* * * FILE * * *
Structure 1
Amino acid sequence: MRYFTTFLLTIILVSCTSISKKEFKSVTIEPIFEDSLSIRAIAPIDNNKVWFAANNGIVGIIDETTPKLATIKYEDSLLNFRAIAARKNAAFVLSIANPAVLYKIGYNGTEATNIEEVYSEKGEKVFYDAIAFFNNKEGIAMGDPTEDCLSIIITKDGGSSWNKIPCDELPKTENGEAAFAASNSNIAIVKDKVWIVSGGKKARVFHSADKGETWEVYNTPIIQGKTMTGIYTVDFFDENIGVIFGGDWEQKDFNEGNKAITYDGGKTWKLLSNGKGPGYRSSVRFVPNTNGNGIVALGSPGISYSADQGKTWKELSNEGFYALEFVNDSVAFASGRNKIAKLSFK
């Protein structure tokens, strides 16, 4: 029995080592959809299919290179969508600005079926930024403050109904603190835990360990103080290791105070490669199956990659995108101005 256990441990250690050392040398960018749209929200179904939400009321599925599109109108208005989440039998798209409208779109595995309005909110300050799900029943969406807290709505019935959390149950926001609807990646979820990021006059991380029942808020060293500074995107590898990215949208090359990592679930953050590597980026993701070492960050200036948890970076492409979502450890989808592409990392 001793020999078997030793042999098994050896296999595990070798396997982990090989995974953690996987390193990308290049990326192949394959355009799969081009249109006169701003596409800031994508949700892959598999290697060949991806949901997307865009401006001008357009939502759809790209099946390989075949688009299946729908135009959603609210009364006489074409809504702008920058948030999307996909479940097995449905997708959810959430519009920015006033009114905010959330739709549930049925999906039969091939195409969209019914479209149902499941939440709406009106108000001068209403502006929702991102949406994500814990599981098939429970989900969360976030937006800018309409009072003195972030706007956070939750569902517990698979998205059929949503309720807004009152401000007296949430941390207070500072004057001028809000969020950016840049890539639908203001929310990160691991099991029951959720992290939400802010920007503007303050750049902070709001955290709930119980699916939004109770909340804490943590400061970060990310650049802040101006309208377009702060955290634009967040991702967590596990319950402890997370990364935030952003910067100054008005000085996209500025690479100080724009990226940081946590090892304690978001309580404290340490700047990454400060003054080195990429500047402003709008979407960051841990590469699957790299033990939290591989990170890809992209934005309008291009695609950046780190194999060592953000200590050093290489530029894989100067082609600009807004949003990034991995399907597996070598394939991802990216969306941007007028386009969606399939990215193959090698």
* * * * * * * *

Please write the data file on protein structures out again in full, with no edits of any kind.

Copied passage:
Structure 1
Amino acid sequence: MRYFTTFLLTIILVSCTSISKKEFKSVTIEPIFEDSLSIRAIAPIDNNKVWFAANNGIVGIIDETTPKLATIKYEDSLLNFRAIAARKNAAFVLSIANPAVLYKIGYNGTEATNIEEVYSEKGEKVFYDAIAFFNNKEGIAMGDPTEDCLSIIITKDGGSSWNKIPCDELPKTENGEAAFAASNSNIAIVKDKVWIVSGGKKARVFHSADKGETWEVYNTPIIQGKTMTGIYTVDFFDENIGVIFGGDWEQKDFNEGNKAITYDGGKTWKLLSNGKGPGYRSSVRFVPNTNGNGIVALGSPGISYSADQGKTWKELSNEGFYALEFVNDSVAFASGRNKIAKLSFK
């Protein structure tokens, strides 16, 4: 029995080592959809299919290179969508600005079926930024403050109904603190835990360990103080290791105070490669199956990659995108101005 256990441990250690050392040398960018749209929200179904939400009321599925599109109108208005989440039998798209409208779109595995309005909110300050799900029943969406807290709505019935959390149950926001609807990646979820990021006059991380029942808020060293500074995107590898990215949208090359990592679930953050590597980026993701070492960050200036948890970076492409979502450890989808592409990392 001793020999078997030793042999098994050896296999595990070798396997982990090989995974953690996987390193990308290049990326192949394959355009799969081009249109006169701003596409800031994508949700892959598999290697060949991806949901997307865009401006001008357009939502759809790209099946390989075949688009299946729908135009959603609210009364006489074409809504702008920058948030999307996909479940097995449905997708959810959430519009920015006033009114905010959330739709549930049925999906039969091939195409969209019914479209149902499941939440709406009106108000001068209403502006929702991102949406994500814990599981098939429970989900969360976030937006800018309409009072003195972030706007956070939750569902517990698979998205059929949503309720807004009152401000007296949430941390207070500072004057001028809000969020950016840049890539639908203001929310990160691991099991029951959720992290939400802010920007503007303050750049902070709001955290709930119980699916939004109770909340804490943590400061970060990310650049802040101006309208377009702060955290634009967040991702967590596990319950402890997370990364935030952003910067100054008005000085996209500025690479100080724009990226940081946590090892304690978001309580404290340490700047990454400060003054080195990429500047402003709008979407960051841990590469699957790299033990939290591989990170890809992209934005309008291009695609950046780190194999060592953000200590050093290489530029894989100067082609600009807004949003990034991995399907597996070598394939991802990216969306941007007028386009969606399939990215193959090698």